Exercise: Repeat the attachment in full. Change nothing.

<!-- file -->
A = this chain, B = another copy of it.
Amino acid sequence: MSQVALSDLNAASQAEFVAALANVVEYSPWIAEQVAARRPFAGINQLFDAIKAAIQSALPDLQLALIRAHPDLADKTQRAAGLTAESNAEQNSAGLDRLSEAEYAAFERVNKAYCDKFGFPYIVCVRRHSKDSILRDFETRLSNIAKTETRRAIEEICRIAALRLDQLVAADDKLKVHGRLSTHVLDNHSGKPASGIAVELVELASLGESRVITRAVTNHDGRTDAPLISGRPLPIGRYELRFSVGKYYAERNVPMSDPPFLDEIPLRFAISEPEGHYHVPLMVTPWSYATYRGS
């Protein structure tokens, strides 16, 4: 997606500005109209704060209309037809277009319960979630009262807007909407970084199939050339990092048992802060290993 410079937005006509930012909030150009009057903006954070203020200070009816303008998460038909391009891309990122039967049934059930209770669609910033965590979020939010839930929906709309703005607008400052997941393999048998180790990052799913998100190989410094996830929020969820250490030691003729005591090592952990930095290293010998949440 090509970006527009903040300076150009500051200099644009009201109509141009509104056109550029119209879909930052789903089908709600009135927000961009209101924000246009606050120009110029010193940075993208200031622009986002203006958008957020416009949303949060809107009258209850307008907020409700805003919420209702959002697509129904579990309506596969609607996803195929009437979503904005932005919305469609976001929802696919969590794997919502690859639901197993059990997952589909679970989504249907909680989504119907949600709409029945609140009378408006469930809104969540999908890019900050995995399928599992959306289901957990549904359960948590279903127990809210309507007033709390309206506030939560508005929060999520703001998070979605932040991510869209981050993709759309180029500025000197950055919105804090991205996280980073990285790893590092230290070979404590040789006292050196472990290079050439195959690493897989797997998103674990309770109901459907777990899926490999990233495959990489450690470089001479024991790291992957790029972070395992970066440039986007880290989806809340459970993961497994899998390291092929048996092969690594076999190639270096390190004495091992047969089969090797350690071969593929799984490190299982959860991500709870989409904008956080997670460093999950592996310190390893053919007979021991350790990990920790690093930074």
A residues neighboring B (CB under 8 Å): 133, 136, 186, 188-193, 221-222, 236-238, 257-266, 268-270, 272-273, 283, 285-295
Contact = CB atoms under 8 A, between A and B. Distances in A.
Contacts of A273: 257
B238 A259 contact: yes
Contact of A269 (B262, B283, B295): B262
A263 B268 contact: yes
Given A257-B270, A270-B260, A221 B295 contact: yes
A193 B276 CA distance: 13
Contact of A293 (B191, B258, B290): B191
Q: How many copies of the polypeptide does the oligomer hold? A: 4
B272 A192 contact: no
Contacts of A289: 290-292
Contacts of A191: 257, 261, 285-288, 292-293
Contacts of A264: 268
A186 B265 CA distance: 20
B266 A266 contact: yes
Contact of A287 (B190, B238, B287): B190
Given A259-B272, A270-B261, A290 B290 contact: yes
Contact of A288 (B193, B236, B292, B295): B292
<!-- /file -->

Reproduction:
A = this chain, B = another copy of it.
Amino acid sequence: MSQVALSDLNAASQAEFVAALANVVEYSPWIAEQVAARRPFAGINQLFDAIKAAIQSALPDLQLALIRAHPDLADKTQRAAGLTAESNAEQNSAGLDRLSEAEYAAFERVNKAYCDKFGFPYIVCVRRHSKDSILRDFETRLSNIAKTETRRAIEEICRIAALRLDQLVAADDKLKVHGRLSTHVLDNHSGKPASGIAVELVELASLGESRVITRAVTNHDGRTDAPLISGRPLPIGRYELRFSVGKYYAERNVPMSDPPFLDEIPLRFAISEPEGHYHVPLMVTPWSYATYRGS
């Protein structure tokens, strides 16, 4: 997606500005109209704060209309037809277009319960979630009262807007909407970084199939050339990092048992802060290993 410079937005006509930012909030150009009057903006954070203020200070009816303008998460038909391009891309990122039967049934059930209770669609910033965590979020939010839930929906709309703005607008400052997941393999048998180790990052799913998100190989410094996830929020969820250490030691003729005591090592952990930095290293010998949440 090509970006527009903040300076150009500051200099644009009201109509141009509104056109550029119209879909930052789903089908709600009135927000961009209101924000246009606050120009110029010193940075993208200031622009986002203006958008957020416009949303949060809107009258209850307008907020409700805003919420209702959002697509129904579990309506596969609607996803195929009437979503904005932005919305469609976001929802696919969590794997919502690859639901197993059990997952589909679970989504249907909680989504119907949600709409029945609140009378408006469930809104969540999908890019900050995995399928599992959306289901957990549904359960948590279903127990809210309507007033709390309206506030939560508005929060999520703001998070979605932040991510869209981050993709759309180029500025000197950055919105804090991205996280980073990285790893590092230290070979404590040789006292050196472990290079050439195959690493897989797997998103674990309770109901459907777990899926490999990233495959990489450690470089001479024991790291992957790029972070395992970066440039986007880290989806809340459970993961497994899998390291092929048996092969690594076999190639270096390190004495091992047969089969090797350690071969593929799984490190299982959860991500709870989409904008956080997670460093999950592996310190390893053919007979021991350790990990920790690093930074």
A residues neighboring B (CB under 8 Å): 133, 136, 186, 188-193, 221-222, 236-238, 257-266, 268-270, 272-273, 283, 285-295
Contact = CB atoms under 8 A, between A and B. Distances in A.
Contacts of A273: 257
B238 A259 contact: yes
Contact of A269 (B262, B283, B295): B262
A263 B268 contact: yes
Given A257-B270, A270-B260, A221 B295 contact: yes
A193 B276 CA distance: 13
Contact of A293 (B191, B258, B290): B191
Q: How many copies of the polypeptide does the oligomer hold? A: 4
B272 A192 contact: no
Contacts of A289: 290-292
Contacts of A191: 257, 261, 285-288, 292-293
Contacts of A264: 268
A186 B265 CA distance: 20
B266 A266 contact: yes
Contact of A287 (B190, B238, B287): B190
Given A259-B272, A270-B261, A290 B290 contact: yes
Contact of A288 (B193, B236, B292, B295): B292